More on Yoga

I took a special interest in Anil's excellent post on yoga in classrooms
in India and the United States, as my 5-year-old has been doing yoga
regularly in his NYC public school kindergarten, and, in another class in
the same school, learned a Hindu prayer that he performed as a song with
the other kids in his class. Both the yoga and the prayer were taught as
part of his regular, mandatory curriculum, although I have no idea whether
either would have been mandatory in the strong sense that he couldn't have
sat them out if we'd complained. My wife and I, both practicing Jews, are
fans of the yoga and weren't troubled really by the prayer, either, even
though it was in fact a mantra in Sanskrit that could have been recited as
an element of Hindu religious practice. Constitutional or not, as Anil's
post suggests, it wasn't intended to be coercive, and given the context of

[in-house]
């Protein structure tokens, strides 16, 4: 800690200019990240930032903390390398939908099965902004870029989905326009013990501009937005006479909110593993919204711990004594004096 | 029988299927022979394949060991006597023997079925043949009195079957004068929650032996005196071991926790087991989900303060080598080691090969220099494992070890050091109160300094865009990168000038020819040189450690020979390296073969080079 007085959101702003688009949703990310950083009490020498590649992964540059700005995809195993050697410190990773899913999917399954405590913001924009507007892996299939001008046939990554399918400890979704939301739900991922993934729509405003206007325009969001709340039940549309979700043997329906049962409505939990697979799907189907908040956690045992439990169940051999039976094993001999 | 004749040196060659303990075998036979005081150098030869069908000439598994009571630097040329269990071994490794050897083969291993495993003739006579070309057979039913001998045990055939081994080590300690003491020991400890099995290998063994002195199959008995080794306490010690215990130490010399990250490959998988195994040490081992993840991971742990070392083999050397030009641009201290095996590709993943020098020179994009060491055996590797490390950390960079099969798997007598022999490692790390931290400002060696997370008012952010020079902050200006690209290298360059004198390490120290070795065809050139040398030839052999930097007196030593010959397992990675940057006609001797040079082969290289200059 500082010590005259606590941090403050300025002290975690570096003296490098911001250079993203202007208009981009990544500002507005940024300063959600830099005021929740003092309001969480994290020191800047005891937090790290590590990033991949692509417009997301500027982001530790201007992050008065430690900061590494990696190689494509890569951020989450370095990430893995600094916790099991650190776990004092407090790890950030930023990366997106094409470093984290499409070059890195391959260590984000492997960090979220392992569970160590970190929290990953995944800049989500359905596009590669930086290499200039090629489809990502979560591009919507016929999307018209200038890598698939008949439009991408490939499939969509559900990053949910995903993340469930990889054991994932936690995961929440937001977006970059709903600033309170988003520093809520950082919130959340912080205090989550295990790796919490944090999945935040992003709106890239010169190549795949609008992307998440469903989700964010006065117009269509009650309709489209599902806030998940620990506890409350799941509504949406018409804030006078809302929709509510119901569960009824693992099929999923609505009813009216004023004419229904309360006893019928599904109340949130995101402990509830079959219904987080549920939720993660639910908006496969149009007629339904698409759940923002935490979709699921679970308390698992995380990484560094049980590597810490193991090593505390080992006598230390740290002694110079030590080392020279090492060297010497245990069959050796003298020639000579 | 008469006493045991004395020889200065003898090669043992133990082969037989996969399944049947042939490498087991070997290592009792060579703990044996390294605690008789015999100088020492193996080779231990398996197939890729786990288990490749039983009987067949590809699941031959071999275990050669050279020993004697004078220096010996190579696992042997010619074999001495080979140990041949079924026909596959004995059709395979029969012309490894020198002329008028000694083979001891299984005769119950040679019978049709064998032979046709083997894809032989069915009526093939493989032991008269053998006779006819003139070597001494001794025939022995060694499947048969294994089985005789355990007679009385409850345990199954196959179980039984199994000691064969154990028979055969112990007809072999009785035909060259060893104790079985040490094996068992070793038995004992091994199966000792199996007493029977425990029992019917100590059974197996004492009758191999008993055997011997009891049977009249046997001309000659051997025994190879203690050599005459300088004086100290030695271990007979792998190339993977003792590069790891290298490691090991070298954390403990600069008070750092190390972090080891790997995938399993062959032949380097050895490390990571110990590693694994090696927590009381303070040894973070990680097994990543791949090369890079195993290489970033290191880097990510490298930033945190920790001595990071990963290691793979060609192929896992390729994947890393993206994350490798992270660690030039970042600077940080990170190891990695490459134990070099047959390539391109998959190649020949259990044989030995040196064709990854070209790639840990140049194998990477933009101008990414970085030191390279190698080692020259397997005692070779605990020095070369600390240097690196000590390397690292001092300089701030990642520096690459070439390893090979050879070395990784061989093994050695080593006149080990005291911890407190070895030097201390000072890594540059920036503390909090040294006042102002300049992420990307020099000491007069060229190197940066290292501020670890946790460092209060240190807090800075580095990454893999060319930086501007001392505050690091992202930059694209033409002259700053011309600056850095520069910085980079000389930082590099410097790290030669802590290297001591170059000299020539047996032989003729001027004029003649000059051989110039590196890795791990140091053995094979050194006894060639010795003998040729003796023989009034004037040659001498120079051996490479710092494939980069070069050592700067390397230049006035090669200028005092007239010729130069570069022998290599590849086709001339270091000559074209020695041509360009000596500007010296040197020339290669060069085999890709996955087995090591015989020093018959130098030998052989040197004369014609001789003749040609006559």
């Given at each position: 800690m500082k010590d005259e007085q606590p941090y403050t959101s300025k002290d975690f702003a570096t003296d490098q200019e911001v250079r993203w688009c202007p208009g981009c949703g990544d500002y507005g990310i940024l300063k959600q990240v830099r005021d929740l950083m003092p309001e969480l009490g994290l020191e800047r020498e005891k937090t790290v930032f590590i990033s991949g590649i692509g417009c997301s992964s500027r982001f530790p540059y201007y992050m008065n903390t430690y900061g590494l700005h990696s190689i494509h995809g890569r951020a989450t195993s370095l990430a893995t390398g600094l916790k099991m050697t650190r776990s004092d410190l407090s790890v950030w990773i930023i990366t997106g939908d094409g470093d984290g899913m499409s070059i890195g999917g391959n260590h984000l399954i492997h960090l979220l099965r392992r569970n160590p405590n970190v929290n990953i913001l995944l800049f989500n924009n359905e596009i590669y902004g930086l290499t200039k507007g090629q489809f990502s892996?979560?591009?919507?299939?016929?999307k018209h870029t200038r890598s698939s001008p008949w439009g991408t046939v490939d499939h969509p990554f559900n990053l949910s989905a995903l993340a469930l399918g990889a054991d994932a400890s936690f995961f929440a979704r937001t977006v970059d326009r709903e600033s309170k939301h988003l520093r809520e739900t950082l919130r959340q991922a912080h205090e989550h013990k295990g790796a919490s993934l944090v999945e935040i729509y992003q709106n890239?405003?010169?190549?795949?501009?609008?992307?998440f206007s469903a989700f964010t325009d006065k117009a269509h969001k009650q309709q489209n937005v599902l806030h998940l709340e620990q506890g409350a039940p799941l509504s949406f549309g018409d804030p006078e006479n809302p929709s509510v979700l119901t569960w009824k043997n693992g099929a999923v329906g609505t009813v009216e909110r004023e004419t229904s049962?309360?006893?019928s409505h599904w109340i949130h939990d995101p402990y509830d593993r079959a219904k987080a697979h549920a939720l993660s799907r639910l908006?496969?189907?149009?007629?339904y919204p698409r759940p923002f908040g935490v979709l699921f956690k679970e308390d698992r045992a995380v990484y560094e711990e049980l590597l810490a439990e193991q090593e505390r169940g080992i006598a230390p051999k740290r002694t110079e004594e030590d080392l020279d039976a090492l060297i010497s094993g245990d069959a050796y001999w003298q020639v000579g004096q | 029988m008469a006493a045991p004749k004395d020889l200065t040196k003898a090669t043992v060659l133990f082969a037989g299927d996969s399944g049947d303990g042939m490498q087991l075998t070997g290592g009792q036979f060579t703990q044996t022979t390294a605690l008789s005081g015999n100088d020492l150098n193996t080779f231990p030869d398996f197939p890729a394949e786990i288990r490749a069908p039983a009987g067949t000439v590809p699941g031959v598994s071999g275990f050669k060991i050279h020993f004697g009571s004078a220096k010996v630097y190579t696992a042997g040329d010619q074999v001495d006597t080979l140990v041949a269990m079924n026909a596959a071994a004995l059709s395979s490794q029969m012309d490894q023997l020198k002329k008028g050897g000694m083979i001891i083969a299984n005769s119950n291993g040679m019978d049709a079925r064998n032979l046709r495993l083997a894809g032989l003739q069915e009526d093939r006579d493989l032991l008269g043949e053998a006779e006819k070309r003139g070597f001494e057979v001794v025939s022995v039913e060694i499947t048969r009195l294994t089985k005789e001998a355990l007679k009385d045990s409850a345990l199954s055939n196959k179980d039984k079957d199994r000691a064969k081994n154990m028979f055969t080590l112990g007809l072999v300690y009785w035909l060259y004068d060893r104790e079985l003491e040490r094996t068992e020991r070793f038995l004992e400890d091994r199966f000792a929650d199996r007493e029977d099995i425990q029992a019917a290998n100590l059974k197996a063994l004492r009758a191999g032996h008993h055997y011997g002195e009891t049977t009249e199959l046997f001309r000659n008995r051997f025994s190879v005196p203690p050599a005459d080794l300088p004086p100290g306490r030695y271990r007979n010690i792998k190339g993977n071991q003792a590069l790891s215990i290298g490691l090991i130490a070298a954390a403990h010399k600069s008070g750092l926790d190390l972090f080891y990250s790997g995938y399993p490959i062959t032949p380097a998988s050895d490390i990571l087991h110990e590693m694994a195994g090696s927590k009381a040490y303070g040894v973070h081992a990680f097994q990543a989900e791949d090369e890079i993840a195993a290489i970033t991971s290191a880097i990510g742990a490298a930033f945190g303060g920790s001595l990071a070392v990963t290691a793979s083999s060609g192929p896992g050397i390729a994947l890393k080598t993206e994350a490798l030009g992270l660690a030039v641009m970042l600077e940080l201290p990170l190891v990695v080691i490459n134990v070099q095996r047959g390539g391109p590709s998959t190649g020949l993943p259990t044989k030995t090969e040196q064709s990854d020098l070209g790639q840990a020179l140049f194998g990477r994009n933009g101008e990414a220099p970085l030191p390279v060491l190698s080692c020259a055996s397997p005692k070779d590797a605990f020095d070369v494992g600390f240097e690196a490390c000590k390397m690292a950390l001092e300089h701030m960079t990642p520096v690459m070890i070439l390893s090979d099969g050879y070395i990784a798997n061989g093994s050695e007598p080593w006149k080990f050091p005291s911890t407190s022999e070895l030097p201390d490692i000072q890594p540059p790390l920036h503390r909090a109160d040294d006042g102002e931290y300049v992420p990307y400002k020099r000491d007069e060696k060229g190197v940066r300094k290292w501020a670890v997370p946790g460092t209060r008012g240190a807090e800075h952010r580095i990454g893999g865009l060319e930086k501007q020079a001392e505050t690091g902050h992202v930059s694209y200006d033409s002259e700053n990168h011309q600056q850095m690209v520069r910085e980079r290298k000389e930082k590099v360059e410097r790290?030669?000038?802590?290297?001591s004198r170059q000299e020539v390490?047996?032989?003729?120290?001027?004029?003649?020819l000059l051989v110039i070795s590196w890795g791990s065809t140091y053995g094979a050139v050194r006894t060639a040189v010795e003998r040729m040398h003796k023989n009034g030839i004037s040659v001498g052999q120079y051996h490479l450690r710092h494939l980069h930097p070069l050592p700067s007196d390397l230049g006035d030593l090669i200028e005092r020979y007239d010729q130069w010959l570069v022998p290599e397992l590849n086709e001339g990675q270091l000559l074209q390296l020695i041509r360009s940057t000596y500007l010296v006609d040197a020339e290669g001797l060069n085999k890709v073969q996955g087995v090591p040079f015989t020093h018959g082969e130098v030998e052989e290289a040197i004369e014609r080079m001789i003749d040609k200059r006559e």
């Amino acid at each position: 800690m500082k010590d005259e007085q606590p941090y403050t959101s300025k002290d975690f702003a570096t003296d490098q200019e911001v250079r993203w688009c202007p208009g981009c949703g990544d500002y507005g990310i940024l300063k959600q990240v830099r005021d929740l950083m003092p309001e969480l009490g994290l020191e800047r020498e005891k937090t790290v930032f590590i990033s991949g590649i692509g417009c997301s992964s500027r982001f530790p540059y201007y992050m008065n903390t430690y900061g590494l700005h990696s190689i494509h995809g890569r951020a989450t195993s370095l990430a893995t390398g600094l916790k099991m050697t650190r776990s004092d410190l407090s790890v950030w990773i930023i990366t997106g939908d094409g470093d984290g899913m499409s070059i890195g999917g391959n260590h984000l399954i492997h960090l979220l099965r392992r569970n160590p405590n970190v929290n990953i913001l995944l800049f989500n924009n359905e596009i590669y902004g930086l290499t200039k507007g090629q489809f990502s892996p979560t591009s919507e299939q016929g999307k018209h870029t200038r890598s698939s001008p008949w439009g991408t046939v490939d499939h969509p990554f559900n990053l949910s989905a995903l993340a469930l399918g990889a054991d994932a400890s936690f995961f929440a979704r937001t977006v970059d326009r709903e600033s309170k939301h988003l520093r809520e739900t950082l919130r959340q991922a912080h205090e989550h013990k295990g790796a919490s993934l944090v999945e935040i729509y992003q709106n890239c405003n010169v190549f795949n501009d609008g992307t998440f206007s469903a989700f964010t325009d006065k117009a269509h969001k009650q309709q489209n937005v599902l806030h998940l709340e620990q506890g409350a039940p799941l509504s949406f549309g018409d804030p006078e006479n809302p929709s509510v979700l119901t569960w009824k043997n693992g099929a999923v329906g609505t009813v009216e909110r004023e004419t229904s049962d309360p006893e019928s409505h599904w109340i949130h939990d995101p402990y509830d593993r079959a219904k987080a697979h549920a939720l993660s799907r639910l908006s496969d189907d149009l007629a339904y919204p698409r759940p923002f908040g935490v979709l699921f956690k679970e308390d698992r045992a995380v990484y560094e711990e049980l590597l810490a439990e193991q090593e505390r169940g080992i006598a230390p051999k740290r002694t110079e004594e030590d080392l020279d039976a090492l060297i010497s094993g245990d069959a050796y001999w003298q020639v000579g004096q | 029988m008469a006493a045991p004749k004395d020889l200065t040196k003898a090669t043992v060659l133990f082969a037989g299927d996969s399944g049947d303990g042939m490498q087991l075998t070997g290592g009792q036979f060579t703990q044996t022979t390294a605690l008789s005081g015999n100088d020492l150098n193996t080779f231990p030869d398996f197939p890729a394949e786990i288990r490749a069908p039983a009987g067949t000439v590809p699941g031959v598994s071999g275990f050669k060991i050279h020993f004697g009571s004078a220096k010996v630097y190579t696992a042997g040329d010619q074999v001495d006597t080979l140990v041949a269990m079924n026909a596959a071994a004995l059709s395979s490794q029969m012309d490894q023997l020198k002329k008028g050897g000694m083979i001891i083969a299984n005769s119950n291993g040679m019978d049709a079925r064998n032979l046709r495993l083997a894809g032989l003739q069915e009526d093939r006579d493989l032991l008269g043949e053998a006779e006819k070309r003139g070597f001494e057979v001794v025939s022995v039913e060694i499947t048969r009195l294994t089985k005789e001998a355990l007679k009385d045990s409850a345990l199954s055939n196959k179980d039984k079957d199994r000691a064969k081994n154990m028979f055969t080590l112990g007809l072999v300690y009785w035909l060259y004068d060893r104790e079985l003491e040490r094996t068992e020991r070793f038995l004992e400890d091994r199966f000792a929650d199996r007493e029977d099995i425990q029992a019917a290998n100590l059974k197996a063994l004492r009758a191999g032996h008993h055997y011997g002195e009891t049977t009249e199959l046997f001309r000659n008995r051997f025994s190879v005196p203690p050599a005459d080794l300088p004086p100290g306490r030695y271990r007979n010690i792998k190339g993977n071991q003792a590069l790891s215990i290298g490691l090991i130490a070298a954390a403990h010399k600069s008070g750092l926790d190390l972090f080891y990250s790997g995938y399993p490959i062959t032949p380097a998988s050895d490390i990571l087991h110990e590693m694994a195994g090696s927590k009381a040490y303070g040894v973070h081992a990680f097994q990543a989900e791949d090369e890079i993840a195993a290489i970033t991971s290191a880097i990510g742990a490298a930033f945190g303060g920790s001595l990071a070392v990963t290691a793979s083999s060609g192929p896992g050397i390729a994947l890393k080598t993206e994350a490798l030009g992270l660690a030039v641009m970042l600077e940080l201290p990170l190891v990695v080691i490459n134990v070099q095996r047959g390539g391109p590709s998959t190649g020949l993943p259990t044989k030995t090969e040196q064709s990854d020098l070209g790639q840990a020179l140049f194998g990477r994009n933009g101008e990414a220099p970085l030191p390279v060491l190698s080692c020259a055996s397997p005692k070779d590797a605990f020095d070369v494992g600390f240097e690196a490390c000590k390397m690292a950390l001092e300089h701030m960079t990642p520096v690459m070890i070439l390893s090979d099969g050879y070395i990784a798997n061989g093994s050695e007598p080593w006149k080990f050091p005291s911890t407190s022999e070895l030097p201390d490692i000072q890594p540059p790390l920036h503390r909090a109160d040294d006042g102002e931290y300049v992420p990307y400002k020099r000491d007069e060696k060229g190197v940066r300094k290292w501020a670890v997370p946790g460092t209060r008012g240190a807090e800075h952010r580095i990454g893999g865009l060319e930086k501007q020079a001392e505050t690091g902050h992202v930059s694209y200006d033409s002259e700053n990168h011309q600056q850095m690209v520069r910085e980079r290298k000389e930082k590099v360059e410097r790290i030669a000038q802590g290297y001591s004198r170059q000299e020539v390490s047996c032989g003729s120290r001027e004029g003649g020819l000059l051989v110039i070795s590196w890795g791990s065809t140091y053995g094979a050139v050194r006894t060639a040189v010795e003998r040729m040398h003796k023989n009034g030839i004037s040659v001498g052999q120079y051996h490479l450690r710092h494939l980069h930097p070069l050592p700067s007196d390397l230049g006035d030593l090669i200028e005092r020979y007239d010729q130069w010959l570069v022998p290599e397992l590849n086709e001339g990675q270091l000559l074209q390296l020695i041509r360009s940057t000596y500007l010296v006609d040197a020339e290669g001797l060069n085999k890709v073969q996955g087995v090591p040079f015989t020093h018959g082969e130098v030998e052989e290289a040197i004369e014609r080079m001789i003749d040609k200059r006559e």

our little boy's school and his society, it plays no part in any larger
coercive environment. Had they been singing Christmas carols, in
contrast, we might have objected.

For a different reason we might also have objected had it been a prayer
from his own (also minority) tradition. In that case we might have been
troubled by the secularizing effect on the prayer itself, at least in our
child's experience of it. In church-state fights of the establishment
varieties, the potential negative effects on the religion actually being
espoused by the state don't get most of the airplay, but concerns about
them have a venerable tradition. Madison made much of them in his
Memorial and Remonstrance, for example. Anil mentions that some Hindus
and other yoga purists have objected to the new American varieties of
yoga. I wonder whether some yoga practitioners might also object to
yoga's association with state authority.